The 4-inch iPhone 5

“For Apple to produce an LTE iPhone, they would need to increase the physical footprint of the device, may be not significantly but an increase nonetheless. This is something I feel Apple simply won’t do, they hit the sweet spot with the physical size of the original iPhone and have not strayed far from those initial dimensions since,” modilwar writes for The Verge.

“Last week, while watching the Vergecast episode 24, came the Eureka moment. A caller named Colin (apologies if I got your name wrong) mentioned how he thought apple could increase the iPhone screen size without effecting the external form factor or pixel density,” modilwar writes. “Change the aspect ratio.”

“Colin’s idea was to keep the shorter side of the iPhones screen the same, i.e. 640 pixels at 1.94 inches. With that in mind how much would the longer side need to increase so the that diagonal measurement was 4 inches. The answer, derived using simple algebraic rearrangement of Pythagorus’s theorem, 1152 pixels and 3.49 inches. That leaves the the diagonal length measuring a little over 3.99 inches, I’m sure Apple PR could round this 4,” modilwar writes. “For those of you who are good with numbers I’m sure you’ve noted that 1152 x 640 has an aspect ratio of 9:5 and the 1152 pixels is and increase of 192 from 960 and that’s 20% more than on the iPhone 4 and 4S.”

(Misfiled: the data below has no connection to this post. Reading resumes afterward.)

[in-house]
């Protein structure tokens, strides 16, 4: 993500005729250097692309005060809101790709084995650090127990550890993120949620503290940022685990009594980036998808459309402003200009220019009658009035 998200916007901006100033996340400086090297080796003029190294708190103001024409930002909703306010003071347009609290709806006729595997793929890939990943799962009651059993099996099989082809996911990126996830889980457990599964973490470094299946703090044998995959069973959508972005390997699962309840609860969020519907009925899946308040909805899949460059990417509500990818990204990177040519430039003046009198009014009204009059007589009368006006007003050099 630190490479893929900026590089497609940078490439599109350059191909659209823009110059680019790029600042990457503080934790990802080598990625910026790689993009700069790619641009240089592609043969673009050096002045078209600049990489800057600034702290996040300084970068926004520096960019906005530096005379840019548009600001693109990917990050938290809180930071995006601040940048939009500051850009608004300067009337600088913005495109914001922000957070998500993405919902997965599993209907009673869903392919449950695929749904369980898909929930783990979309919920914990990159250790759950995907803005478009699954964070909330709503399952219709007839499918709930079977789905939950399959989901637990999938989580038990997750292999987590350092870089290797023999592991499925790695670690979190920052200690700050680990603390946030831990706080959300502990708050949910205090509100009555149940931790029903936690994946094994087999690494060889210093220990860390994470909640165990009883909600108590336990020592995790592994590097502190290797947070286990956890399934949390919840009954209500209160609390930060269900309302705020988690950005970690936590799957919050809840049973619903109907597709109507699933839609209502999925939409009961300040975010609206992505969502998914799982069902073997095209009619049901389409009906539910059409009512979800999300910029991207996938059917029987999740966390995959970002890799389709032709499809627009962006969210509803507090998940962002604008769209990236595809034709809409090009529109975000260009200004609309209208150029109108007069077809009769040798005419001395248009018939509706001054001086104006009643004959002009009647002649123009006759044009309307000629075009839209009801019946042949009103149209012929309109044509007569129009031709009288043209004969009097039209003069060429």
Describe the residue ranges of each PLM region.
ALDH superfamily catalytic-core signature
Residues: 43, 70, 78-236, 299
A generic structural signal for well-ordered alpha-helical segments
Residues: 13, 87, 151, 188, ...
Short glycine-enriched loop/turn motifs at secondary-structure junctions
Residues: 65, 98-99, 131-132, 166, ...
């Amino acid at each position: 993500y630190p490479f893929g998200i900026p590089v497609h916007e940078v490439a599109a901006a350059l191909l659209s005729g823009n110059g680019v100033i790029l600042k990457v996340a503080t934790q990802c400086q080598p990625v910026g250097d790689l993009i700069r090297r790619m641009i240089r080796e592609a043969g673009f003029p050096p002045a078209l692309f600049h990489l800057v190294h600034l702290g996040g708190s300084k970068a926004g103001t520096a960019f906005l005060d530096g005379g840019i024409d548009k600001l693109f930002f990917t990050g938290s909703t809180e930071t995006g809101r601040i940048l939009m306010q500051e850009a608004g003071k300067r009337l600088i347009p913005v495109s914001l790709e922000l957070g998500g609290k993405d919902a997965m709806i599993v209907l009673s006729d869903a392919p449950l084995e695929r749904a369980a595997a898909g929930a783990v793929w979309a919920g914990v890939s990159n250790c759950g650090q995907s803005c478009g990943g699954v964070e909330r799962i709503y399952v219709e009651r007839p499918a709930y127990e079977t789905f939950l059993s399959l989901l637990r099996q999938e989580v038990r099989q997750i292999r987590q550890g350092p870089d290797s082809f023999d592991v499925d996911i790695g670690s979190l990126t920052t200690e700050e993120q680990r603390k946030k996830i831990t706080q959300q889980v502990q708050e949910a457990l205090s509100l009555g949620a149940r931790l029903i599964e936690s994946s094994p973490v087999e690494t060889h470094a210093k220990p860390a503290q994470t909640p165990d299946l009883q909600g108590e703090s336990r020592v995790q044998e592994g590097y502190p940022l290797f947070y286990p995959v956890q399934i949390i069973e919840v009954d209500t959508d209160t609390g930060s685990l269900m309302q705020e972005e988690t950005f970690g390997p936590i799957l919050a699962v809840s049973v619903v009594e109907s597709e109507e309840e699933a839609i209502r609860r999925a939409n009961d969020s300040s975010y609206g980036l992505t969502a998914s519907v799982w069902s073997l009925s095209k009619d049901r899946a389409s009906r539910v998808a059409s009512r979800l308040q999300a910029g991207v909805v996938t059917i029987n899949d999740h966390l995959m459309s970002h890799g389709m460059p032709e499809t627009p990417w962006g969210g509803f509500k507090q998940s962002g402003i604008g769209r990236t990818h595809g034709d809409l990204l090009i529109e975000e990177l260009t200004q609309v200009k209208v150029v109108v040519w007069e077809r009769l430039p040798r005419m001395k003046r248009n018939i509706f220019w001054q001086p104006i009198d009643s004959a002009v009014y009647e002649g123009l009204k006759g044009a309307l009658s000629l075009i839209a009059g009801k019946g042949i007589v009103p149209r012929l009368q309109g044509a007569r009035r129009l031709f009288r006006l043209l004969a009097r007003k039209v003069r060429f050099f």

modular writes, “But how will iOS cope with the change in dimension and increase in pixels? Well the answer is actually more simple than you might think.”

<Much more in the full article, including screenshots and mockups, here.

[Thanks to MacDailyNews Reader “Andrew Wolniak” for the heads up.]


  1. I can do simple math, too, and 1152×640 is an aspect ratio of 1.8, which is even slightly more elongated than the HDTV aspect ration of 16:9. Apple is currently using established display resolution standards for all of its devices, and 1152×640 does not match any standard display resolution that I could find for aspect ratios of 5:4 (1.25), 4:3 (1.3), 3:2 (1.5), 16:10 (1.6), 5:3 (1.67), or 16:9 (1.78).

    In short, GIGO. The author’s simple math is matched by overly simple thinking. Apple would not do something so bizarre for so little advantage.

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